When seeking shelter in Los Angeles, people agonize over hardwood floors, ocean views, ZIP Code status, Trader Joe's proximity. Rarely is interior-accessibility on the list. And that's a mistake. Because this is the mathematical probability that your furnishings (exhibit A in the moving truck) can be placed, with the application of reasonable force and intelligence (exhibit B, the moving guys), inside your new house or apartment (exhibit C, your new house or apartment). Most people believe that as long as exhibit C is bigger than exhibit A this is not a problem. I know I never thought it was. Until I discovered that while my interiors are spacious, they are accessibly challenged.
It started when a friend gave me his sofa. It is a lovely sofa, buttery cream with down cushions and pillows, and it really pulled the whole apartment together when the movers stepped back from where it fit most naturally--wedged lengthwise half out the front door, jammed against a wall and the doorway. Two and half hours of twisting, turning, leaning and pushing and that puppy still wasn't going anywhere. Basically, my moving guys told me, the doorways of my 1920s apartment building are too narrow and short (kind of like the actors of the same period). And even if they had gotten it through the doorway, it wouldn't have fit through the hall, the one that leads to the living room the size of Mortons.
The city, my moving guys assured me, is chock full of houses and apartments like mine with "Alice in Wonderland" doors, hallways as capacious as the burial passages of the Great Pyramid, and angular, ultra-hip floor plans that make the possession of a dining room table an utter impossibility. And they don't even want to talk about stairs, particularly in the Hollywood Hills and Silver Lake--six inches wide and zigzagging up sheer rock is pretty much standard, I was made to understand.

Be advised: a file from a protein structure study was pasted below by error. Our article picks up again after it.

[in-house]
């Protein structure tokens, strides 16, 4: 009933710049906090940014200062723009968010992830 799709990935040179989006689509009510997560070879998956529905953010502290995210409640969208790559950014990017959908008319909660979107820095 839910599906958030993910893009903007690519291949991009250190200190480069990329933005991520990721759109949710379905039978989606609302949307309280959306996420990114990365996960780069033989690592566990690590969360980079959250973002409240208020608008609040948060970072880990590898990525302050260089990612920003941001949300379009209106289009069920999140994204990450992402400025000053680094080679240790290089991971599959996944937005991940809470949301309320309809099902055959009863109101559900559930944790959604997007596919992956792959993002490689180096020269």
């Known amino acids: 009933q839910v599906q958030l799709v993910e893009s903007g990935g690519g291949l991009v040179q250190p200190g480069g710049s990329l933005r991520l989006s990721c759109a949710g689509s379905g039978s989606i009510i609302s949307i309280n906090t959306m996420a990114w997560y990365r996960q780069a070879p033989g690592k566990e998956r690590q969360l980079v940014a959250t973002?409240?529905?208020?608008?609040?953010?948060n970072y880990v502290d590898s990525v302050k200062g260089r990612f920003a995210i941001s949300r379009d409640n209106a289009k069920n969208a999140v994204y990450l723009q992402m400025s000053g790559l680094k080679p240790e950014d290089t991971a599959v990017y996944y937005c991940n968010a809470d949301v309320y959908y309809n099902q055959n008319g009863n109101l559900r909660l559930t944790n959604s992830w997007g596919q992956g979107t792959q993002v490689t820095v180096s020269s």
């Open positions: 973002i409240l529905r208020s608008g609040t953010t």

So I was confident that I could find a sofa to fit my not-so-unique requirements. Three weeks later I was convinced the local sofa industry was yet another victim of this city's inability to wed dream with reality. In other words, I have never seen such enormous sofas in all my life. Eight, 8 1/2 feet long, 4 feet deep and overstuffed? I guess people think they will look slimmer when draped against 350 yards of down-filled gold damask. I traveled all along Melrose and Beverly; I went to Pasadena, to Burbank, to Long Beach; I went to the Levitz behind the railroad tracks in Glendale, for pity's sake. If it wasn't too big, it was too ugly; if it wasn't too ugly, it was $2,500.
I thought of my poor pygmy doors and began to imagine life without a sofa. (The last time my brother visited, he eyed my collection of tables and chairs and said: "I'll have a mocha decaf and a slice of cheesecake.") I heard myself laughing gaily and explaining to my friends that I just really like tables and chairs.
Then I saw a chair that looked like a sofa that I could live with. I was driving down La Brea. I pulled over, parked illegally and ran inside. And there it was against the wall. An extra-large love seat. And after they removed the legs and the doors and leaned it just so, it fit perfectly.